David Rose, 56, of Coto de Caza, was charged in an indictment filed Wednesday afternoon in United States District Court in Santa Ana with multiple counts of mail and wire fraud.
The indictment outlines two schemes Rose allegedly operated beginning in or about March 2005 to the present. During this time, Rose owned and operated companies in Irvine, California, including M.D. Venture Partners, LP (MDVP), and Technology Innovation Partners, LP (TIP).
The indictment alleges that beginning in at least March 2005 and continuing through May 2011, Rose solicited physicians to invest in MDVP and falsely represented lucrative investment opportunities in emerging medical technologies. The defendant is alleged to have prepared a “private placement memorandum” that described MDVP and set forth how investor funds would be used. The agreement stated that a 2.5% management fee would be paid to the defendant.
In promotional materials and in conversations and e-mails with prospective investors, the defendant claimed that investor money would be pooled and used to invest in companies developing new medical technology, according to the indictment. In fact, investor funds were not used in the manner set forth in the memorandum signed by investors; instead, the defendant used investor funds for personal expenses, including $7,500 a month to rent a house in Coto de Caza; tuition and other college fees for his children; $65,000 for vehicles used by himself and his family; jewelry; attorney fees and other expenses. The investigation revealed that no money was ever invested in companies developing new medical technology. In the MDVP scheme, the defendant caused approximately 32 victims to lose more than $800,000, according to the indictment.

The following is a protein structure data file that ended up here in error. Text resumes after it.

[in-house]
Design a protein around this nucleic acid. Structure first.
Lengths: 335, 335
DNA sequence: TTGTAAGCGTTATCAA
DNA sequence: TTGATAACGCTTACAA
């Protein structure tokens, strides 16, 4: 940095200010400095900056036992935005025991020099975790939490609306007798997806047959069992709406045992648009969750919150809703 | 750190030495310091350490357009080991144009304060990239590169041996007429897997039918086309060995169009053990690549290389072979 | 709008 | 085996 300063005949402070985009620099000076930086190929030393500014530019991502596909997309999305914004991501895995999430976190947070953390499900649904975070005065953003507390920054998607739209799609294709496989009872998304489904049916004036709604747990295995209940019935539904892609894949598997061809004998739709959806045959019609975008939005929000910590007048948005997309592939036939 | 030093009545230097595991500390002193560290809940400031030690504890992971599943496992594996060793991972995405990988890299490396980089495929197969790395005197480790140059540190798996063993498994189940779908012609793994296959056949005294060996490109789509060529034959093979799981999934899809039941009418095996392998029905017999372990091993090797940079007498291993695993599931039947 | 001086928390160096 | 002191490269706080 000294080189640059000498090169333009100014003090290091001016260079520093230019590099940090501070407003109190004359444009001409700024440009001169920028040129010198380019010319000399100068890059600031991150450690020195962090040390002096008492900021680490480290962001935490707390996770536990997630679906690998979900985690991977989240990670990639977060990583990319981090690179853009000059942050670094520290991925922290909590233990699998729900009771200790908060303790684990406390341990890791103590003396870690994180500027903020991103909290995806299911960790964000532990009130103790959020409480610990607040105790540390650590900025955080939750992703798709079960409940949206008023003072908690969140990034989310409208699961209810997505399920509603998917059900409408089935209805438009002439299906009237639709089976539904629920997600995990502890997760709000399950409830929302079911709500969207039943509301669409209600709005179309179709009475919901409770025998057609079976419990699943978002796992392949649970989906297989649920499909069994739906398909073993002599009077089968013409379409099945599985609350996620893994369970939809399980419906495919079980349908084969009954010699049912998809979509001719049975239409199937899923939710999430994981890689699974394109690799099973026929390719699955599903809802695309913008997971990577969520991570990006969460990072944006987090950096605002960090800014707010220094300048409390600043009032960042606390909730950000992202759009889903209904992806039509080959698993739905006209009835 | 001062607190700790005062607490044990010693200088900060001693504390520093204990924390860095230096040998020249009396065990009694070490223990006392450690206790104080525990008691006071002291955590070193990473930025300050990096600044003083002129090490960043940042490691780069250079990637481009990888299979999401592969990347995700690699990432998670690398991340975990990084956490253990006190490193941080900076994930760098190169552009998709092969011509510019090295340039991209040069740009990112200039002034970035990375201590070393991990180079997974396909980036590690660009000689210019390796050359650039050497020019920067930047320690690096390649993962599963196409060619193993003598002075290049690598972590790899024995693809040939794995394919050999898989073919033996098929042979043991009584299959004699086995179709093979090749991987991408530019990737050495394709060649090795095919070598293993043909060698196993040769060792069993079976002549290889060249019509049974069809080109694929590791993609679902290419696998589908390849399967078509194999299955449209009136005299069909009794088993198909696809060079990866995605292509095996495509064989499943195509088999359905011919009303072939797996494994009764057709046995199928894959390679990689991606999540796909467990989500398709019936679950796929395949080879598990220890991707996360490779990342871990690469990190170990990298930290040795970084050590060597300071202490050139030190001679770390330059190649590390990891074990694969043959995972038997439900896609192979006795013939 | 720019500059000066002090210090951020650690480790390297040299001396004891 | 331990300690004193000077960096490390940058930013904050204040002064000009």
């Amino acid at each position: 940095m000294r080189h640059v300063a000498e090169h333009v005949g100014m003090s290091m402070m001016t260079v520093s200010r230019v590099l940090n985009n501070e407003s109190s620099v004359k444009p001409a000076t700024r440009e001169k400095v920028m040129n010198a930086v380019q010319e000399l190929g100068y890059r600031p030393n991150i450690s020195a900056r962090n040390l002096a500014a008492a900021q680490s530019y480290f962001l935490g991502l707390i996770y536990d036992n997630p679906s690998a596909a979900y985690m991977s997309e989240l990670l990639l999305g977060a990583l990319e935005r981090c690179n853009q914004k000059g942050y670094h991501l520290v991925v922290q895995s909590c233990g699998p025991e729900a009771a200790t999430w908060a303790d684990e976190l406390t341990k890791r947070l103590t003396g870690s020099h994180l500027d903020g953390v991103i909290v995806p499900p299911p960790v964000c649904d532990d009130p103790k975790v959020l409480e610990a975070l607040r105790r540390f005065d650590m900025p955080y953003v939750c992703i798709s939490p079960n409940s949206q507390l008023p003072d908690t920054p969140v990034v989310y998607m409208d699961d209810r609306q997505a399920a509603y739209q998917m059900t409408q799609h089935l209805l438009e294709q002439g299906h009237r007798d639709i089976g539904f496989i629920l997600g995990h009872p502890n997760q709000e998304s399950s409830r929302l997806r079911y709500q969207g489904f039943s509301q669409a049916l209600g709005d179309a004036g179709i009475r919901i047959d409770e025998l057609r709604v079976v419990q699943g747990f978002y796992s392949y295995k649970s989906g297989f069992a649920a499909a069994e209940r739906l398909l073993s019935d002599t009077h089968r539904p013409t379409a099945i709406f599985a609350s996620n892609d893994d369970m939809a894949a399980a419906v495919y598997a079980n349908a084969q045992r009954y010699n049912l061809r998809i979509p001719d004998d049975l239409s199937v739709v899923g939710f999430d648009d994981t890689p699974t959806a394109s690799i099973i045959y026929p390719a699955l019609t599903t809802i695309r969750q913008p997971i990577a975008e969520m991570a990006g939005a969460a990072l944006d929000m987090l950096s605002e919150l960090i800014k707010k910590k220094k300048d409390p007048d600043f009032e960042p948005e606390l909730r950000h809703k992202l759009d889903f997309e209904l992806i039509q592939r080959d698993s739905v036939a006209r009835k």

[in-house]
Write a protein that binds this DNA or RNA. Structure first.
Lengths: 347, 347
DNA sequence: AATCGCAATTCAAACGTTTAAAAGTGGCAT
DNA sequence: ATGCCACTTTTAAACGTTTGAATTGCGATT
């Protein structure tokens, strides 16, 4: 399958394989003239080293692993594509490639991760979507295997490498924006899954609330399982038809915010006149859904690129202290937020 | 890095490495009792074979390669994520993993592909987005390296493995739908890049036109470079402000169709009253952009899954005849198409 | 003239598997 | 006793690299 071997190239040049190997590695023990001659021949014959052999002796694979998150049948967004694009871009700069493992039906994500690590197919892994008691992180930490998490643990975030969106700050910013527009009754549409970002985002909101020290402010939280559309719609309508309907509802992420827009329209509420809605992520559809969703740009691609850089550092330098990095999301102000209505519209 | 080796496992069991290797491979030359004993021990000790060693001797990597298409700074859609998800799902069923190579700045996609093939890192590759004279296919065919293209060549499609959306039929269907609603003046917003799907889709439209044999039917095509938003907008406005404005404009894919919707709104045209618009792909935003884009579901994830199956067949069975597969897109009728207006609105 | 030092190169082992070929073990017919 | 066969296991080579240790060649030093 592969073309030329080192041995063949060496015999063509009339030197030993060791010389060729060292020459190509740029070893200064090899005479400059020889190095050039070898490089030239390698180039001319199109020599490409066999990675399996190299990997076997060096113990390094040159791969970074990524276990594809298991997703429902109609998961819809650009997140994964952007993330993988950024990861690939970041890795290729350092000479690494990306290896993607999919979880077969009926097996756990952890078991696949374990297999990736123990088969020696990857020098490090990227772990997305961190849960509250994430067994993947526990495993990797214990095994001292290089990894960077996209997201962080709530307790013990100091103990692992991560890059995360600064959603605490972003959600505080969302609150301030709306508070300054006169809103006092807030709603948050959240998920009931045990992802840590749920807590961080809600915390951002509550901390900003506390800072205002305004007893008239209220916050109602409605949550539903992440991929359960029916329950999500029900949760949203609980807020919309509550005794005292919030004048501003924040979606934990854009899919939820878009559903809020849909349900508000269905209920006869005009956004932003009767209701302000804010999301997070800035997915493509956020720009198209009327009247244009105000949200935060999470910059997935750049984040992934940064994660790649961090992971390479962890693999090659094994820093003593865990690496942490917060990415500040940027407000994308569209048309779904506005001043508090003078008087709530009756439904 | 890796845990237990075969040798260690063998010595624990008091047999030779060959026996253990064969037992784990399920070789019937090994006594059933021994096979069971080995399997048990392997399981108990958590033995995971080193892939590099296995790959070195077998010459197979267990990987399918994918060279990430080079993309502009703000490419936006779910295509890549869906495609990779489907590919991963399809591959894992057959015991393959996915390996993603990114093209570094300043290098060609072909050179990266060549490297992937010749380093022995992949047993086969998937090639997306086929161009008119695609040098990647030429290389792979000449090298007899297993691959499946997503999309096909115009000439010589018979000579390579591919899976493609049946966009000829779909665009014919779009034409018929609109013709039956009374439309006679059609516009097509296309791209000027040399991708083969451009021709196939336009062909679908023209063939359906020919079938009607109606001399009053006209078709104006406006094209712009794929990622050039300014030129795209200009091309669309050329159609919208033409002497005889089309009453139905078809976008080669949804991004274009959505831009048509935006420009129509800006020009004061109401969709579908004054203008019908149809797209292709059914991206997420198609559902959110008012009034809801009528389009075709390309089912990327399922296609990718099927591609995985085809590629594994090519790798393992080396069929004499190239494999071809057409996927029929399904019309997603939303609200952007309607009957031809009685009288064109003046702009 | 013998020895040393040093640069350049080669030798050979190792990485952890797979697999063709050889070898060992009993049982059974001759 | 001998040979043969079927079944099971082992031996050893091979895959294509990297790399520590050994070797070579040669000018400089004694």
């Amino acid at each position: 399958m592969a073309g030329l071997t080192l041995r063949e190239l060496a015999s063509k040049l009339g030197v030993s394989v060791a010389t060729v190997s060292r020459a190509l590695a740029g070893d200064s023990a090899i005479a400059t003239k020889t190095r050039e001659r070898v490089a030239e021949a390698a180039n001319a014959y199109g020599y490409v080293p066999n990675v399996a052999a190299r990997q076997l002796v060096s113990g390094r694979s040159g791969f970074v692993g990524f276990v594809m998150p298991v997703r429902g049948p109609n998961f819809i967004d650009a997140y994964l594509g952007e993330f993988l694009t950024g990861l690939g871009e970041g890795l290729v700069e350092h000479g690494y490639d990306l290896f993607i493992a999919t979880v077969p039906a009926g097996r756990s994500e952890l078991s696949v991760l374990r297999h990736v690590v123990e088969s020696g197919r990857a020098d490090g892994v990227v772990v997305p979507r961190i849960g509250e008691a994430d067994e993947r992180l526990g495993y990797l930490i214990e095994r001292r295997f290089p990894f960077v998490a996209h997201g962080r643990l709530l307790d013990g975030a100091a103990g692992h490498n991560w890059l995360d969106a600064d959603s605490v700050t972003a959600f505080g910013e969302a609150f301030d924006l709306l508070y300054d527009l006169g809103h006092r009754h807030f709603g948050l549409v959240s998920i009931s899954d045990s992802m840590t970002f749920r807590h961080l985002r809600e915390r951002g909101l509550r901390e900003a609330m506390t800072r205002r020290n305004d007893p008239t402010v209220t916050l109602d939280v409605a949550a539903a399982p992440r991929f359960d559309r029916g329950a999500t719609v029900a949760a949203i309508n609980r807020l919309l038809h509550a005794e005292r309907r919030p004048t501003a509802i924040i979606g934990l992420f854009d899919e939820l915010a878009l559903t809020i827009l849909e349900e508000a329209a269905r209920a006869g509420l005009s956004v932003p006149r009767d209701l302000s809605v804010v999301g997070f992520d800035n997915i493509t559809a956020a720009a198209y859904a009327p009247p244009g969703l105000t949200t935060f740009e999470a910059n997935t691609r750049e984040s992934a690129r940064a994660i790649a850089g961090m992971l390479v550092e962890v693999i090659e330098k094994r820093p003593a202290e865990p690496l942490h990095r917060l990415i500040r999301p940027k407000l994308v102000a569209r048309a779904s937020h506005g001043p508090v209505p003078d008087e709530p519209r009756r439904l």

The indictment further alleges that in a subsequent scheme, the defendant solicited dentists and orthodontists to invest money in TIP, claiming the money would be pooled and invested in a company developing ablation technology for the removal of wisdom teeth in children without surgery. The indictment alleges the defendant prepared a private offering memorandum describing TIP and how investor funds would be used. The agreement stated that a 10% management fee would be paid to the defendant. The investigation revealed that the victims’ funds were not used for investments but, instead, for the defendant’s personal expenses, including $5,000 a month to rent a house in Coto de Caza; tuition and other college fees for his children; $80,000 for a Sea Ray boat; $40,000 for a GMC Acadia; a stock offering in the Green Bay Packers; and other personal expenses. No money was ever invested in a company developing ablation technology. The indictment alleges that the defendant caused approximately 45 victims to lose more than $1 million in the TIP scheme.
On Monday, FBI agents executed warrants and seized multiple bank accounts, vehicles and the above-mentioned boat purchased by Rose with the proceeds of the alleged schemes.
A federal warrant for Rose’s arrest is outstanding.
This case is a continuing investigation by the FBI. Rose is being prosecuted by the United States Attorney’s Office in Orange County.